Ccccold corn--- Typical Minnesota weather….working in a Tshirt over the weekend and seeing snow showers a few days later.  The big topic for farmers this past week has been the decision to plant or not.  Soil conditions for most were pretty good but the forecast was not.  Agronomic research has provided us with some guidance regarding this tough call.  Imbibitional chilling injury is the primary concern in these conditions.  Imbibition is the name for the process where the corn seed absorbs water so it can germinate.  So if soils are below 50 degrees and the corn gets a drink of cold water it can damage cell membranes and  lead to poor emergence and “cork-screwing” of the coleoptile (the first seedling leaves trying to emerge).  The critical time factor seems to be the first 24-36 hours after planting.  So if the forecast is for colder temps and rain, most agronomists will recommend stopping the planter 1-2 days prior to the rain event.  Extended periods of cold soils can lead to injury of any planted seed (not telling you anything you didn’t already know).  Today’s seed is very high quality, so hopefully with a little help from Mother Nature, the planted acres thus far will do fine, but scouting for emergence issues will be recommended.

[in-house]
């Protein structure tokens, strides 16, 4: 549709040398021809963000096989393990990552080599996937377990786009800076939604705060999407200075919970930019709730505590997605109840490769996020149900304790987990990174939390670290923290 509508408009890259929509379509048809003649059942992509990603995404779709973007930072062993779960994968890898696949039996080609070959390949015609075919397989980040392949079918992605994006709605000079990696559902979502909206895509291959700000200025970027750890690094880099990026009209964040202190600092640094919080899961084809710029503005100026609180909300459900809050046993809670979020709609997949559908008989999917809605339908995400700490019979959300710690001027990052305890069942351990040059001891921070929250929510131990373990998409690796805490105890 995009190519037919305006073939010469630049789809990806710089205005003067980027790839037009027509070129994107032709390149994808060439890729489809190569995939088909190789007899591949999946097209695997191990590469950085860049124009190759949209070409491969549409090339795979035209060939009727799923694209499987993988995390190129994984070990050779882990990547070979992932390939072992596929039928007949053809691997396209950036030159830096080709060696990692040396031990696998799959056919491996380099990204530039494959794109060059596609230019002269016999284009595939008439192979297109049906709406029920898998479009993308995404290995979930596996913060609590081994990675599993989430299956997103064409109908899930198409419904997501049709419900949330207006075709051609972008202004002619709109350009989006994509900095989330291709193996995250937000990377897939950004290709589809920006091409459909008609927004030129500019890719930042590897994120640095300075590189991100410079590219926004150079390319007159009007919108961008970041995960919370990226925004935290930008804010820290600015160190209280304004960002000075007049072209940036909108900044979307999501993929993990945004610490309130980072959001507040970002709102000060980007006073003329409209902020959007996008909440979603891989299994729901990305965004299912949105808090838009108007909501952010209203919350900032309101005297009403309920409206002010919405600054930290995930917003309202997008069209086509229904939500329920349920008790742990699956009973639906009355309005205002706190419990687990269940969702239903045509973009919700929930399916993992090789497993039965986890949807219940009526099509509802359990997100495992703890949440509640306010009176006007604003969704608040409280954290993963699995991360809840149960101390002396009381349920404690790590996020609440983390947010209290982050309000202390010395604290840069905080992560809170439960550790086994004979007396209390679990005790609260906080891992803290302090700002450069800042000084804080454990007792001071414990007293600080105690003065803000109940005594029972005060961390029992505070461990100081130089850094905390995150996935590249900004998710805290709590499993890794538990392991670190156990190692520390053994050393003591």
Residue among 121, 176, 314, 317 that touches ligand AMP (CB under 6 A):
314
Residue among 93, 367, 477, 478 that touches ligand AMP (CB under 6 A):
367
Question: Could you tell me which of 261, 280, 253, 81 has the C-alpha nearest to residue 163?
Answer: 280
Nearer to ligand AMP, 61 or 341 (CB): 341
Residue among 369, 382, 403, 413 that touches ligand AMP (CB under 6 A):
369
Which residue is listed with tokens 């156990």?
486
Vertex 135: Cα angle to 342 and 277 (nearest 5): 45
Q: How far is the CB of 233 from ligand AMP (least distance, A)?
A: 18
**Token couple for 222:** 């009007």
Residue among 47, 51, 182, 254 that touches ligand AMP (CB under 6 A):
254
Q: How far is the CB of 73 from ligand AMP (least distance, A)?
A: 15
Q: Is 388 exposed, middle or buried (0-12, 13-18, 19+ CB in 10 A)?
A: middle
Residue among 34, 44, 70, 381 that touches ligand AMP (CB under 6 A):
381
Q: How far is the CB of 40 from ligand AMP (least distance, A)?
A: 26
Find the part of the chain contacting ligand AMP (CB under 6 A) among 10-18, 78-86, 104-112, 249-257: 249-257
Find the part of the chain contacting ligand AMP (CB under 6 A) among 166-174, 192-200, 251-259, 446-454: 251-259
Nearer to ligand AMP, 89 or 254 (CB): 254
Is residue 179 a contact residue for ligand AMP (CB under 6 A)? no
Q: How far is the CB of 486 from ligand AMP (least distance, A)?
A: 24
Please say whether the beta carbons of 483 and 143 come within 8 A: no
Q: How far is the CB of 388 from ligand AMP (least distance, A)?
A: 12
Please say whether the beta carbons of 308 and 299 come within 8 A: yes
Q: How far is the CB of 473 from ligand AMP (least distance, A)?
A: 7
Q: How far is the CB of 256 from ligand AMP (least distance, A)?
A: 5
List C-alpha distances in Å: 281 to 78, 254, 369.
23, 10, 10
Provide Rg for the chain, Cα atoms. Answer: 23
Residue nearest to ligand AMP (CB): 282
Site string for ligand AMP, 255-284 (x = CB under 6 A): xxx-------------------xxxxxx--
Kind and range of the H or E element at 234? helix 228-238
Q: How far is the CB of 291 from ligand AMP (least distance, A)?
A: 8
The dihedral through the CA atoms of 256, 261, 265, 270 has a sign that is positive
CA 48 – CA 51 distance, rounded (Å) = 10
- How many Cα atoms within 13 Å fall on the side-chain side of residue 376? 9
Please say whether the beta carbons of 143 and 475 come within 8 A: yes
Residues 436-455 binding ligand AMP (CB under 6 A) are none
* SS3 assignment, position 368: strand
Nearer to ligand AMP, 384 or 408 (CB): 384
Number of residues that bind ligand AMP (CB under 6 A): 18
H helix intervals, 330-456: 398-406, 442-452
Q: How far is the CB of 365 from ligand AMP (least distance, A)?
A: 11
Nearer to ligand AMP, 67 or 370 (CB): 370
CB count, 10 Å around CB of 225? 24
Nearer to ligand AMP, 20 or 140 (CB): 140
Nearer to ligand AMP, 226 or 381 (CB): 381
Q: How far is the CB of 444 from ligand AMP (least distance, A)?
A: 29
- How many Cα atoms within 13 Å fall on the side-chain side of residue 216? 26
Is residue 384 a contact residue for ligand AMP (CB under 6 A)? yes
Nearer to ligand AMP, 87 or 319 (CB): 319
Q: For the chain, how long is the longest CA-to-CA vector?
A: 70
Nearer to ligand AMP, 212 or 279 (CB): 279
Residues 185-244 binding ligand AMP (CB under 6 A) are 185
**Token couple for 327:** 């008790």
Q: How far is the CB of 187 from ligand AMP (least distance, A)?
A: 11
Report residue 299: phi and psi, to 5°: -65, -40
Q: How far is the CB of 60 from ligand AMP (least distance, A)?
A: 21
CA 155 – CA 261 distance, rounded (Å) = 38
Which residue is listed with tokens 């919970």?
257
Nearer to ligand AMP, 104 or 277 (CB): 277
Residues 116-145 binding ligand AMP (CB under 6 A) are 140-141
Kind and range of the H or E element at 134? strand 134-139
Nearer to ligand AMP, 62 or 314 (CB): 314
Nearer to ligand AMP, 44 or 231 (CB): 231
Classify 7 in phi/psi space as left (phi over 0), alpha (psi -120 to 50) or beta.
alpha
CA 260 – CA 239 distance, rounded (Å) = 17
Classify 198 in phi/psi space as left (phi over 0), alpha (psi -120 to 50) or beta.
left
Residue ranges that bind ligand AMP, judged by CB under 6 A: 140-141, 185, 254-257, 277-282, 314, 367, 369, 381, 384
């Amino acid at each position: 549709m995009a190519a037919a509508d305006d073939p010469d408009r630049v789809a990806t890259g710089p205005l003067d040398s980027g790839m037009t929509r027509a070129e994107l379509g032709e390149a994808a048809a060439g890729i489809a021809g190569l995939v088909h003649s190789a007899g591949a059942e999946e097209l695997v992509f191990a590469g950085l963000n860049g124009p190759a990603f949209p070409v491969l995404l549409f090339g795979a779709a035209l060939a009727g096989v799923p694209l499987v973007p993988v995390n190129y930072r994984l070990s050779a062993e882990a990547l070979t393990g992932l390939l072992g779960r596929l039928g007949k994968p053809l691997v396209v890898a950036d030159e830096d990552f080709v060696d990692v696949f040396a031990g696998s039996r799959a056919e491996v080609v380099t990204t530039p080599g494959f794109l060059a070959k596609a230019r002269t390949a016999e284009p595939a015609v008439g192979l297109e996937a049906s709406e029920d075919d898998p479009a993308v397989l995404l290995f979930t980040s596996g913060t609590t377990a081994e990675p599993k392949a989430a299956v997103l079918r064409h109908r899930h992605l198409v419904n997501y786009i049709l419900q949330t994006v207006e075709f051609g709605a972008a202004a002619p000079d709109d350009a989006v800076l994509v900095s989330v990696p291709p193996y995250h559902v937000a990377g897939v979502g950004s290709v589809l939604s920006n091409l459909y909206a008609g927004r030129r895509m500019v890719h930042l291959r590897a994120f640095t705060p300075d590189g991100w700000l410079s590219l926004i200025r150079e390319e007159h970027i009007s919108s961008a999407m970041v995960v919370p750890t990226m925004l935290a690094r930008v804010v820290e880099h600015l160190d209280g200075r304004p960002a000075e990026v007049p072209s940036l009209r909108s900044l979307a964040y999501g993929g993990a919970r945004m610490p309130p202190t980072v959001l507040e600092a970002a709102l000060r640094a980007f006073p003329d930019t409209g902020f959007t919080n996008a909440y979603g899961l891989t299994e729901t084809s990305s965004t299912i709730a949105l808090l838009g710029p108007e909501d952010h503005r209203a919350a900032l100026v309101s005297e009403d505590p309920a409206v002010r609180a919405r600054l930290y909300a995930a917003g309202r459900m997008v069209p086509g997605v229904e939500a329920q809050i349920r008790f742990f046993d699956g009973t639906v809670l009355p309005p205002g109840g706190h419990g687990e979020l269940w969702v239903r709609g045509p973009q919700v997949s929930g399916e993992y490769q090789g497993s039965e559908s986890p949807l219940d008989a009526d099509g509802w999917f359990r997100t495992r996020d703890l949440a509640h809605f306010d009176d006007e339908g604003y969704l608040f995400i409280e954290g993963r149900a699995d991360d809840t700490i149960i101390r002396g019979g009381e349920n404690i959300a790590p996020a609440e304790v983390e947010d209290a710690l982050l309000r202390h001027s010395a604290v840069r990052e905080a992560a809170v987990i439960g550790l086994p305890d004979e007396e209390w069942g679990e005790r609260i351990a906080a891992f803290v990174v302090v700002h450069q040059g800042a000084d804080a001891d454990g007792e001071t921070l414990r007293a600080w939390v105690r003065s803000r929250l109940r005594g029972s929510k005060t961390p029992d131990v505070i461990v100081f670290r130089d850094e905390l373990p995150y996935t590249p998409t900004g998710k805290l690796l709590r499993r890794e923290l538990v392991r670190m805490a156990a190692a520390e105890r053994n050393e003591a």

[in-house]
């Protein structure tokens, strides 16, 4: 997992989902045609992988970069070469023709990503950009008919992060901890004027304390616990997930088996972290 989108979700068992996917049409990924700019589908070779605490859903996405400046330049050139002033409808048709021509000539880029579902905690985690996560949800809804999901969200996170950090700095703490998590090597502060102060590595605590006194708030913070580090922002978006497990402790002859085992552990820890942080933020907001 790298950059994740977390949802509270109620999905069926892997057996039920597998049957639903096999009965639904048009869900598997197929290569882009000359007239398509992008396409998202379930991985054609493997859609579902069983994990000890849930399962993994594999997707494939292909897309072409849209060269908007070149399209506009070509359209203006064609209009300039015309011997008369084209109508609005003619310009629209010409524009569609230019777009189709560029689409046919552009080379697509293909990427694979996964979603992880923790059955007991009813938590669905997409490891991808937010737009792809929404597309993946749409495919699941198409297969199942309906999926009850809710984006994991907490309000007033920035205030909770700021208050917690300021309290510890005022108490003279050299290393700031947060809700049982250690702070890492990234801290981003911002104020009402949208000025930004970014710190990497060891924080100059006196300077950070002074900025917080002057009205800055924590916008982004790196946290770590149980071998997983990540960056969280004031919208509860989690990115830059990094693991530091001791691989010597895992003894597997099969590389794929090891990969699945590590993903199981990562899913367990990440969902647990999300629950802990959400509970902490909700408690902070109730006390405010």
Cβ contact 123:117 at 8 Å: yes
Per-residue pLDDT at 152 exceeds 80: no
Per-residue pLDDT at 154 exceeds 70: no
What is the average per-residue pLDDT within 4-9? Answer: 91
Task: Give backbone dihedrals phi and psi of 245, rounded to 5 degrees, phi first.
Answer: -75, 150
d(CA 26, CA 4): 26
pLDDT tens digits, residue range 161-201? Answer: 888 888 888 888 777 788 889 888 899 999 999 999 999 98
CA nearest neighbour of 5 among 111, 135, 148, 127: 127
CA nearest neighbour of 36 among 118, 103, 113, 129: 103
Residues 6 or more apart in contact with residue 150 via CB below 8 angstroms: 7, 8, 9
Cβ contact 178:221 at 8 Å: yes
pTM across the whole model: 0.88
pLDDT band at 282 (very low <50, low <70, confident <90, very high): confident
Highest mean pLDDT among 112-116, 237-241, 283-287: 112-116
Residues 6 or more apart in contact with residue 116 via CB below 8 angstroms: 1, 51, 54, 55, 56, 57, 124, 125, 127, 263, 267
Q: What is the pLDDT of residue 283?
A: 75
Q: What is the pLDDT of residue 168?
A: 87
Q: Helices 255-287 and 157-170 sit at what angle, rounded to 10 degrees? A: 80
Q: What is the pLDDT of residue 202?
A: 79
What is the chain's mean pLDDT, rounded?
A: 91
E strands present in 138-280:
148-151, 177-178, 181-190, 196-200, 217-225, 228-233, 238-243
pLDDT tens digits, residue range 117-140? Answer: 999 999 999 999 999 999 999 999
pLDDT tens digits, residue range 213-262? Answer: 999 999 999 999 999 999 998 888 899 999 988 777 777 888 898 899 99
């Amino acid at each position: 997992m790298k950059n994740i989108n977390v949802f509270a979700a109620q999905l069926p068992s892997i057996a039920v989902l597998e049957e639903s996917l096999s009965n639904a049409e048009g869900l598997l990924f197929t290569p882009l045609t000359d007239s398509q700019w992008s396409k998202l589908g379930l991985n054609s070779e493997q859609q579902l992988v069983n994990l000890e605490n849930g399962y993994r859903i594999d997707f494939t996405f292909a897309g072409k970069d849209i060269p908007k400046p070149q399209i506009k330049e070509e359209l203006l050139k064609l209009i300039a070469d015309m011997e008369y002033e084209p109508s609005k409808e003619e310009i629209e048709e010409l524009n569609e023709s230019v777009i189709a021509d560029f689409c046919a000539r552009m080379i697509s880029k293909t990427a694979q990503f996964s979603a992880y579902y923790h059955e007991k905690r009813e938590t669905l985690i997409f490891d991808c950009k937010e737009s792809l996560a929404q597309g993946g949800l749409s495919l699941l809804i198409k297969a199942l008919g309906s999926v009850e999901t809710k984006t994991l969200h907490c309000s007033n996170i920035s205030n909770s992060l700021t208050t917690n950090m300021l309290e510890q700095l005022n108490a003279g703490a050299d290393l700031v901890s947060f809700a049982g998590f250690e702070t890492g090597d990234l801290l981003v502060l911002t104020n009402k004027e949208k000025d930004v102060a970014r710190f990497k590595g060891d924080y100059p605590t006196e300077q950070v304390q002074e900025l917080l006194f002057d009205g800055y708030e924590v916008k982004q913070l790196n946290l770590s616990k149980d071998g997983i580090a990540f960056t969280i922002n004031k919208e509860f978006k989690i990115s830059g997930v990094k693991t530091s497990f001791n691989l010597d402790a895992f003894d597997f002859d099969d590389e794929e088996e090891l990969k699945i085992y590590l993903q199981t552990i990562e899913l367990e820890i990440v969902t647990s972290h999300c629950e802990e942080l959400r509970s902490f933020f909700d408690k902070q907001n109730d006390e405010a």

Depth Do’s & Don’ts--- This can be a matter of opinion, but most agronomists will contend that you need your corn to be planted at a 2 inch depth.  Planting shallower can lead to more uneven stands due to inconsistent germination zone moisture and also it hurts the development of the nodal root system which reduces the uptake of water and nutrients and can lead to lodging issues.  Soybeans on the other hand are recommended to be planted at 1.5 inches(as long as there is adequate moisture).  Planting deeper than that may lead to uneven emergence as plants struggle to come up and enter the early growing season with reduced vigor and lower energy reserves.